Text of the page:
Car Hauler (Trailer Towing)

The car hauler, or trailer towing, method is one of the most common types of towing for Class A motorhomes. This method involves hitching your vehicle to a trailer that carries your car behind the motorhome.

You drive your car up onto the trailer, strap it down, and then hitch the trailer to your motorhome.

This type of towing is great for long-distance trips because it allows you to bring your car with you without having to worry about driving it or putting strain on the tires, wheels, or transmission.

Flat Towing (Four Down Method, Dinghy Towing)

Flat towing, also known as the four down method or dinghy towing, is a type of towing where your vehicle is towed behind the motorhome with all four wheels on the ground.

This type of towing is great for short distances. It’s also a good option if you don’t want to deal with the hassle of hitching up a trailer.

The only downside to flat towing is that it can be difficult to maneuver your vehicle if it’s not properly equipped for this type of towing.

Make sure you consult your owner’s manual or the manufacturer before attempting to flat tow your vehicle.

It’s also important to ensure that you put your car in neutral if you’re going to be flat towing it. This will prevent the transmission from being damaged during the tow.

Tow Dolly

Dolly towing is another common type of towing for Class A motorhomes. It is a type of towing where the front wheels of your car are not on the ground.

The car is hitched to a dolly, which is then hitched to the back of the motorhome. This type of towing is great for short trips because it takes less strain off of the tires and transmission.

Typically, dolly towing is used for towing vehicles that are not four-wheel drive because the front wheels aren’t on the ground.

What’s The Best Class A Motorhome For Towing?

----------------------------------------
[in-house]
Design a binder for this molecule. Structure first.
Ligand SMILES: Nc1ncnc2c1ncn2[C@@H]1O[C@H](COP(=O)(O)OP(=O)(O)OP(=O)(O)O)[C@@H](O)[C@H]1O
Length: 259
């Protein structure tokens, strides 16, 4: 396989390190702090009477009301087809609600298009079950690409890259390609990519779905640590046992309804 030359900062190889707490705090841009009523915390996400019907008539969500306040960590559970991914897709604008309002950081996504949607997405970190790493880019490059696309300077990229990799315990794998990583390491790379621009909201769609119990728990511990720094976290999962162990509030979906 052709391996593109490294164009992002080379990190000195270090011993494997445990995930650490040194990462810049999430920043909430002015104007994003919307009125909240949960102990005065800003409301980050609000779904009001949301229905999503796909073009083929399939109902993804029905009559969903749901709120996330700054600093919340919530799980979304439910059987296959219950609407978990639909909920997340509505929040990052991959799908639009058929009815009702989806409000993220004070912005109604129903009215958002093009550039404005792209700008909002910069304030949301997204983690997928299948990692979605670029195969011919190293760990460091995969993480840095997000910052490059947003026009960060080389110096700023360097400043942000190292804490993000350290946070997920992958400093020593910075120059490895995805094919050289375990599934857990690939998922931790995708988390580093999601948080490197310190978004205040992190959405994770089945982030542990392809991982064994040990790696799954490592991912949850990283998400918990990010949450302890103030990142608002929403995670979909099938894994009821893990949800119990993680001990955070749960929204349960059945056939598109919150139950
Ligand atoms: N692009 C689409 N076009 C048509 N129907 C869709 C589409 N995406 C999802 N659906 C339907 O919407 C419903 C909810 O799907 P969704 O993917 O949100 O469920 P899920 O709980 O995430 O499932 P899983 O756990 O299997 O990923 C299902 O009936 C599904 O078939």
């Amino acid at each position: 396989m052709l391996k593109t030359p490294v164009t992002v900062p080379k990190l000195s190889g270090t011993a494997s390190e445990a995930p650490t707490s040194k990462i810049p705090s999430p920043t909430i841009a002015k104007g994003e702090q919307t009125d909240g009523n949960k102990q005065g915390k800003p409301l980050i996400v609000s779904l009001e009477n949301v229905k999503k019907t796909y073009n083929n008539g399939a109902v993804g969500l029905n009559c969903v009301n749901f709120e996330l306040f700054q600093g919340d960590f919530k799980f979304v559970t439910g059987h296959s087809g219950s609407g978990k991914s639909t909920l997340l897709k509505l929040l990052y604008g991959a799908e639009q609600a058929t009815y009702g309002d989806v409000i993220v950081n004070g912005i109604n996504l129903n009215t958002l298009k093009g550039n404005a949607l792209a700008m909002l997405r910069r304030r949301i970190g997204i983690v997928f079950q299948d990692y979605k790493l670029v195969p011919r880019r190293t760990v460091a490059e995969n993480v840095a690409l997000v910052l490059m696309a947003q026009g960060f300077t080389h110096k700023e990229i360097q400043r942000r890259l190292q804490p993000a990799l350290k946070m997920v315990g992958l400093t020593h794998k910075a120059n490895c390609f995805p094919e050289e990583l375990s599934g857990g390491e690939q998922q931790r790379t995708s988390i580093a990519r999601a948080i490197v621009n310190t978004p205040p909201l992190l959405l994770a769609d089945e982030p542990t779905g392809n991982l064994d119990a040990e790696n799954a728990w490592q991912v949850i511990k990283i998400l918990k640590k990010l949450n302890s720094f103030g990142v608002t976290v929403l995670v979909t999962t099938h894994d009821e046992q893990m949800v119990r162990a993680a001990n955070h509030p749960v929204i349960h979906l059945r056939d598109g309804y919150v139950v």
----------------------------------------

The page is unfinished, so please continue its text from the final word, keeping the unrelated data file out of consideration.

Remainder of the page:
Now that you know the different types of towing and the weights and limits associated with Class A motorhomes, you can start shopping for the right vehicle for your needs.

Keep these ratings in mind as you compare different models to find the one that’s right for you.

In my opinion, the best Class A motorhome for towing is the Thor Axis. This motorhome has a GVWR of 22,000 pounds and a towing capacity of 5,000 pounds. It also has a gross axle weight rating of 7,500 pounds.

The Thor Axis is a great option for towing because it’s big enough to tow a trailer or car hauler but not so big that it’s difficult to maneuver.

It’s also a great choice if you’re looking for a motorhome that can accommodate a family or group of friends.

Thor is one of the leading manufacturers of motorhomes and RVs. They build quality vehicles that are designed to last. The Thor Axis is a great example of their commitment to quality and craftsmanship.

The Thor Axis comes with a variety of features that make it a great choice for towing.

It has plenty of storage space for your belongings, and it comes with a generator so you can power your RV when you’re not plugged into an electrical outlet.

It also has a comfortable interior with plenty of seating and sleeping space. The full kitchen includes a refrigerator, stove, oven, and microwave.

The bathroom is spacious and includes a shower, toilet, and sink. The Thor Axis also has a television and DVD player so you can relax after a long day of driving.

Specs:

  • GVWR: 22,000 pounds
  • Towing capacity: 5,000 pounds
  • Gross axle weight rating: 7,500 pounds
  • Sleeps up to 8 people
  • Length: 25 feet
  • Width: 8 feet 6 inches
  • Height: 11 feet 3 inches
Madeline Cooper